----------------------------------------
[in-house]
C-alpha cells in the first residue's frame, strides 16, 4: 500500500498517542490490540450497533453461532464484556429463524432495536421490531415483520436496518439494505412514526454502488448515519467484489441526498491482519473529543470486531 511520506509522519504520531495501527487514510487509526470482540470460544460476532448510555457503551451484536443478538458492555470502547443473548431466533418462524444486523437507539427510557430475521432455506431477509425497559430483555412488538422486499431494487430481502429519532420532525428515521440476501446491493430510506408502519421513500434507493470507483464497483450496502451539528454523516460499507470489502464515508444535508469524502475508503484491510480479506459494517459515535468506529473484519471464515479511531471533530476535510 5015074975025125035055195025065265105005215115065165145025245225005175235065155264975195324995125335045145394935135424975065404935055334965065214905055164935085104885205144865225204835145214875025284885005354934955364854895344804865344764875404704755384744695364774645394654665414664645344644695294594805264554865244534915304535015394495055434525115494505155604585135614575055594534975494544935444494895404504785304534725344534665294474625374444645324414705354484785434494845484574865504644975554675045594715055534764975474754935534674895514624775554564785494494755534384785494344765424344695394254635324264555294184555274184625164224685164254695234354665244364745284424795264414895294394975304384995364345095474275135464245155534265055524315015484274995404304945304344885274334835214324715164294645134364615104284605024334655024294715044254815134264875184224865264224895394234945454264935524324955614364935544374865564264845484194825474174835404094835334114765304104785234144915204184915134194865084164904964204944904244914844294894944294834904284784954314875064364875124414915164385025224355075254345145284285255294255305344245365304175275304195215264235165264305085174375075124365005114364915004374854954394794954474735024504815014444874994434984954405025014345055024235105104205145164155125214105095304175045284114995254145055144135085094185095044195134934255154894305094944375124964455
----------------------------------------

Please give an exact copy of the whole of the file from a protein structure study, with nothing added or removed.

[in-house]
C-alpha cells in the first residue's frame, strides 16, 4: 500500500498517542490490540450497533453461532464484556429463524432495536421490531415483520436496518439494505412514526454502488448515519467484489441526498491482519473529543470486531 511520506509522519504520531495501527487514510487509526470482540470460544460476532448510555457503551451484536443478538458492555470502547443473548431466533418462524444486523437507539427510557430475521432455506431477509425497559430483555412488538422486499431494487430481502429519532420532525428515521440476501446491493430510506408502519421513500434507493470507483464497483450496502451539528454523516460499507470489502464515508444535508469524502475508503484491510480479506459494517459515535468506529473484519471464515479511531471533530476535510 5015074975025125035055195025065265105005215115065165145025245225005175235065155264975195324995125335045145394935135424975065404935055334965065214905055164935085104885205144865225204835145214875025284885005354934955364854895344804865344764875404704755384744695364774645394654665414664645344644695294594805264554865244534915304535015394495055434525115494505155604585135614575055594534975494544935444494895404504785304534725344534665294474625374444645324414705354484785434494845484574865504644975554675045594715055534764975474754935534674895514624775554564785494494755534384785494344765424344695394254635324264555294184555274184625164224685164254695234354665244364745284424795264414895294394975304384995364345095474275135464245155534265055524315015484274995404304945304344885274334835214324715164294645134364615104284605024334655024294715044254815134264875184224865264224895394234945454264935524324955614364935544374865564264845484194825474174835404094835334114765304104785234144915204184915134194865084164904964204944904244914844294894944294834904284784954314875064364875124414915164385025224355075254345145284285255294255305344245365304175275304195215264235165264305085174375075124365005114364915004374854954394794954474735024504815014444874994434984954405025014345055024235105104205145164155125214105095304175045284114995254145055144135085094185095044195134934255154894305094944375124964455